Cheltenham A&E night closure judicial review warning

Cheltenham General Hospital
Image caption Cheltenham General Hospital will no longer have an out-of-hours accident and emergency department

Plans to close Cheltenham's accident and emergency department overnight may face a judicial review, Cheltenham Chamber of Commerce (CCC) has warned.

Chief executive Michael Ratcliffe said the consultation into the downgrade, between 20:00 and 08:00, at Cheltenham General Hospital was "deeply flawed".

He added that the process was confused, and the document itself was biased.

Dr Helen Miller, from Gloucestershire Clinical Commissioning Group, said to "continue as we're doing is not safe."

From August, all out-of-hours emergency "blue light" cases will be sent to the Gloucestershire Royal Hospital instead.

The hospital will continue to deal with "walk in" patients but anyone seriously ill or in an ambulance during that time will have to go to Gloucester.

The changes were agreed by the group, which took over from the primary care trust in April, at a meeting on Thursday.

Dr Miller, the group's chair, said with a "huge shortage of A&E consultants" nationally they were looking for "high quality, affordable care" for patients.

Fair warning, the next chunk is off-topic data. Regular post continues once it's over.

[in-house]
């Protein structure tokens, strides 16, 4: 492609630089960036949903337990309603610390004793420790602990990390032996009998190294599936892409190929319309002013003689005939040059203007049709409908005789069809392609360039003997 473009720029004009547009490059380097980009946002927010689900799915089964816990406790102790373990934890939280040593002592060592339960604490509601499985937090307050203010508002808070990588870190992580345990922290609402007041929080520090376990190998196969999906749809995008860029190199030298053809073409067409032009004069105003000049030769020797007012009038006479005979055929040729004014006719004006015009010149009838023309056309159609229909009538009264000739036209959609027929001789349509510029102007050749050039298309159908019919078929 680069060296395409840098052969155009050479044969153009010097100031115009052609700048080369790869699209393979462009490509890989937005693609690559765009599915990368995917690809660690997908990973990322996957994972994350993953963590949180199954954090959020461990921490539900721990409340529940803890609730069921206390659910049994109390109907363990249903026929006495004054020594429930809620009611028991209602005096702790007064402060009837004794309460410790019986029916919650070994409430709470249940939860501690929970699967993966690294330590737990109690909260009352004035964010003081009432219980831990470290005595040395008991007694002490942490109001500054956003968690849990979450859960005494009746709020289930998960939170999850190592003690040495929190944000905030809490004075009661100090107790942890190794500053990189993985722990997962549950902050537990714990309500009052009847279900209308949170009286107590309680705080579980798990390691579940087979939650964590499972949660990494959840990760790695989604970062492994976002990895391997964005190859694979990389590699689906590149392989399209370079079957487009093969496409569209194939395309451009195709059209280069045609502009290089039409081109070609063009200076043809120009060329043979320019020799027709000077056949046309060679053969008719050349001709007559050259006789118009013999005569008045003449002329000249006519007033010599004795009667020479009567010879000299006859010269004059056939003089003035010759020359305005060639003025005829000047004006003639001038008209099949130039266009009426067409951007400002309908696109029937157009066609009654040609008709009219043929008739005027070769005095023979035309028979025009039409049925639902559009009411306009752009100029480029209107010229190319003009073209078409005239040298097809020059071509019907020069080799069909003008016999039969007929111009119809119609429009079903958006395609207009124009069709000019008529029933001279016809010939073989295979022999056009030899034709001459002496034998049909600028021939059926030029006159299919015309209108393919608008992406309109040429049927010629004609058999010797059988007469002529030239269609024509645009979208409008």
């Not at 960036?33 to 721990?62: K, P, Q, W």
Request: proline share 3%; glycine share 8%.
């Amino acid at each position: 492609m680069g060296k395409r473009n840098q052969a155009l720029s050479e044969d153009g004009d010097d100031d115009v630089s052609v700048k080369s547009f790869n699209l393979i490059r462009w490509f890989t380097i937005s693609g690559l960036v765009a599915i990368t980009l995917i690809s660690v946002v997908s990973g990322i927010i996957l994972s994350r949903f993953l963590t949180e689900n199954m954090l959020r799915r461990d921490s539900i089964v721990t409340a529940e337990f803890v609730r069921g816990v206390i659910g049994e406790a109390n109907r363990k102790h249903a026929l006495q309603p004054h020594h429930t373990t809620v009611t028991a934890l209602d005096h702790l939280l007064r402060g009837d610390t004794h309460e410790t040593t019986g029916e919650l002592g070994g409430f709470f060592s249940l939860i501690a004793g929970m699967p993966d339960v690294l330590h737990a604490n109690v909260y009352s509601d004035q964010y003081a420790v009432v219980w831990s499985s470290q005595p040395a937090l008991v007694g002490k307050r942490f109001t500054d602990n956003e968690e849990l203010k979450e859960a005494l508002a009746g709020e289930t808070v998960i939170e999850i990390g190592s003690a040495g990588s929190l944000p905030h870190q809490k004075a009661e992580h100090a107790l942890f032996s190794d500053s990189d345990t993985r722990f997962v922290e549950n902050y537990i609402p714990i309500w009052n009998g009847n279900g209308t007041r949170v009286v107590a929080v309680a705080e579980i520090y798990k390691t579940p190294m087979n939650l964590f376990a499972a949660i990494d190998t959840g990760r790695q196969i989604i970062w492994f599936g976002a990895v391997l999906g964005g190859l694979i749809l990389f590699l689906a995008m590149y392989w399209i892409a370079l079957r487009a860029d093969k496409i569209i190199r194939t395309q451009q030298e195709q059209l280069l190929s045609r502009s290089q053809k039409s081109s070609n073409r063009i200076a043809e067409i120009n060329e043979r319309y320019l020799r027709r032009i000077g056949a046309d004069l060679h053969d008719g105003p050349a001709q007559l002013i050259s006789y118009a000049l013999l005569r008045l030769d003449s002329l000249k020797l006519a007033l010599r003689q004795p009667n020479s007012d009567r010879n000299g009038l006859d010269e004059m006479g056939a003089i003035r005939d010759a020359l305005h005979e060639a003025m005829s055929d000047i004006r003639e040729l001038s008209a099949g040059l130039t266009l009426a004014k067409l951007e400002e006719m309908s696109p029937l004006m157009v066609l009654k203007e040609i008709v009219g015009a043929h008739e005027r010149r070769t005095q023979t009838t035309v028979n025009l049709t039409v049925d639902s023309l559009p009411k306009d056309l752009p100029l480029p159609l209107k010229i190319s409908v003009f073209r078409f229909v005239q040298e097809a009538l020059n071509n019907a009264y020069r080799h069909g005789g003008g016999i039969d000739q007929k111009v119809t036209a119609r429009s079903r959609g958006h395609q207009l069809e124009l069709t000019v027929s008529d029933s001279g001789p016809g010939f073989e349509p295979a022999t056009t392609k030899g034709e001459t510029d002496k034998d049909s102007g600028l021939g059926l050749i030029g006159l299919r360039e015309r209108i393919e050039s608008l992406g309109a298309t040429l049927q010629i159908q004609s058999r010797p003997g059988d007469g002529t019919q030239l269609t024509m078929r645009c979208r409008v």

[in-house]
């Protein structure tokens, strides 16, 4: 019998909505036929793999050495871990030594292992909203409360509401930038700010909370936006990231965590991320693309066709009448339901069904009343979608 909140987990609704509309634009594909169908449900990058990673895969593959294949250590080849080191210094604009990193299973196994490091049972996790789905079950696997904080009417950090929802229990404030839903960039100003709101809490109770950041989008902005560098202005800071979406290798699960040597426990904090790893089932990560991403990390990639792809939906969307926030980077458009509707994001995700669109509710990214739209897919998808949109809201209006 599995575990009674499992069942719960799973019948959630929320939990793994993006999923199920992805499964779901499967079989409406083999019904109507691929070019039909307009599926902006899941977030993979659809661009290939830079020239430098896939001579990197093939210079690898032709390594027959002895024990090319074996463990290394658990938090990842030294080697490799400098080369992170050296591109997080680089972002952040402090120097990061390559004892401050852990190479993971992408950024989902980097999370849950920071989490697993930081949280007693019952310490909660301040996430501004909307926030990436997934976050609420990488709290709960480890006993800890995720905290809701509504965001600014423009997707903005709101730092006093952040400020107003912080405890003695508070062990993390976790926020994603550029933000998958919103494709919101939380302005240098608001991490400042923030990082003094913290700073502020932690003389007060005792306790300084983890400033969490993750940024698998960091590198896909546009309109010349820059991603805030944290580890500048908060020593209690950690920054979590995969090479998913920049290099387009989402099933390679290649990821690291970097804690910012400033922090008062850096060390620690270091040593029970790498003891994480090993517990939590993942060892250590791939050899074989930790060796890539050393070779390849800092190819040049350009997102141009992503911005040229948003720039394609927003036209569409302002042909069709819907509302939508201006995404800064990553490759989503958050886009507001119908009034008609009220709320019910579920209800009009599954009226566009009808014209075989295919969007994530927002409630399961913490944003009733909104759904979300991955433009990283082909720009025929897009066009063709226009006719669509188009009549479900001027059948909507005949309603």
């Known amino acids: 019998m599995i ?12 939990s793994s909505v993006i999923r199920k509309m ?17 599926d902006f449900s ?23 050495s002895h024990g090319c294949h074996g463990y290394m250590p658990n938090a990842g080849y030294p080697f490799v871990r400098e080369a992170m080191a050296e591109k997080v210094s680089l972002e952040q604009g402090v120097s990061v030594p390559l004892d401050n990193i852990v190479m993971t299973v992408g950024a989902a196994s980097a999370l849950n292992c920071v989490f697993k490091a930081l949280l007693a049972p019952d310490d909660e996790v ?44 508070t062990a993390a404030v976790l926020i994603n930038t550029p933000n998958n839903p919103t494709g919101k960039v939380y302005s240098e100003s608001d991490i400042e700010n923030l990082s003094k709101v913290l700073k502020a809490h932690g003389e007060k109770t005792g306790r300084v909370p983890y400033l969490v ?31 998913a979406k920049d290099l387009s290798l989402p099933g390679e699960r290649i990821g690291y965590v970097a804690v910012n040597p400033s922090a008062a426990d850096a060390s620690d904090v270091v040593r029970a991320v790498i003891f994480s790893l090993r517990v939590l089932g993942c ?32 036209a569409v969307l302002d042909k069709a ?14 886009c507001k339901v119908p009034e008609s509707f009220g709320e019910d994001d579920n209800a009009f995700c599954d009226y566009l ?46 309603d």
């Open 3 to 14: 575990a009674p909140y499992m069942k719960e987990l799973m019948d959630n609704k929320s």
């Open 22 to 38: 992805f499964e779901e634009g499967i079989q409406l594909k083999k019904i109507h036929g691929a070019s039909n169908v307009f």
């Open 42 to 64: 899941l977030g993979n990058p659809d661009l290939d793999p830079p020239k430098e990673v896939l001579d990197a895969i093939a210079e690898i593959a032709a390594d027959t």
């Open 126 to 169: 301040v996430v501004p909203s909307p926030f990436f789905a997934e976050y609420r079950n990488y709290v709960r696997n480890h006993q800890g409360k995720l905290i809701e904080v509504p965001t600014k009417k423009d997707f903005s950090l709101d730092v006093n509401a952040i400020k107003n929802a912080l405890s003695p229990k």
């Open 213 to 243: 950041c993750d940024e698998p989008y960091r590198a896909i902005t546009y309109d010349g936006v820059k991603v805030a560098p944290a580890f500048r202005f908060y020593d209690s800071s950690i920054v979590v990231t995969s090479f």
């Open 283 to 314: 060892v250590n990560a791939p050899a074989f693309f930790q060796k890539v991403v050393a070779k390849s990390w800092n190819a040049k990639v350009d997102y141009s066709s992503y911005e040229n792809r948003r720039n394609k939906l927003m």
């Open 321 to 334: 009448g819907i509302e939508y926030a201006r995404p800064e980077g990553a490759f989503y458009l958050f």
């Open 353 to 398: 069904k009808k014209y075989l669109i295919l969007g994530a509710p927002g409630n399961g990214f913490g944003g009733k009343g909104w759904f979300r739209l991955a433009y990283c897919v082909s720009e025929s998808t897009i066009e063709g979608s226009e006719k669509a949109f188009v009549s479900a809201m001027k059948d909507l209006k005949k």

"We consider - between 8pm and 8am - having ambulances with very sick patients going to Gloucestershire Royal where they will be seen by very senior consultant doctors and be assessed is absolutely crucial," she said.

"To continue as we're doing is not safe and we have to do something."

But Mr Ratcliffe said the CCC was extremely concerned that an "incorrect decision" had been made.

"We are most concerned that this could be the thin end of the wedge and that this proposed diversion of emergency ambulances will lead to the gradual reduction of the A&E services at Cheltenham General Hospital," he said.

"And we do not feel the board has acted correctly in the way they have brought this information out into the public domain."

'Real weaknesses'

Cheltenham's MP Martin Horwood has also claimed that there were "real weaknesses in the processes that have been followed".

"I think if a judicial review was going forward I would say there are serious questions to be asked," he said.

The emergency departments at Gloucestershire Royal and Cheltenham General Hospitals currently treat around 120,000 patients every year.

NHS Gloucestershire has previously estimated that 16 patients, on average, with critical illness or injury would be diverted from Cheltenham to Gloucester at night time.

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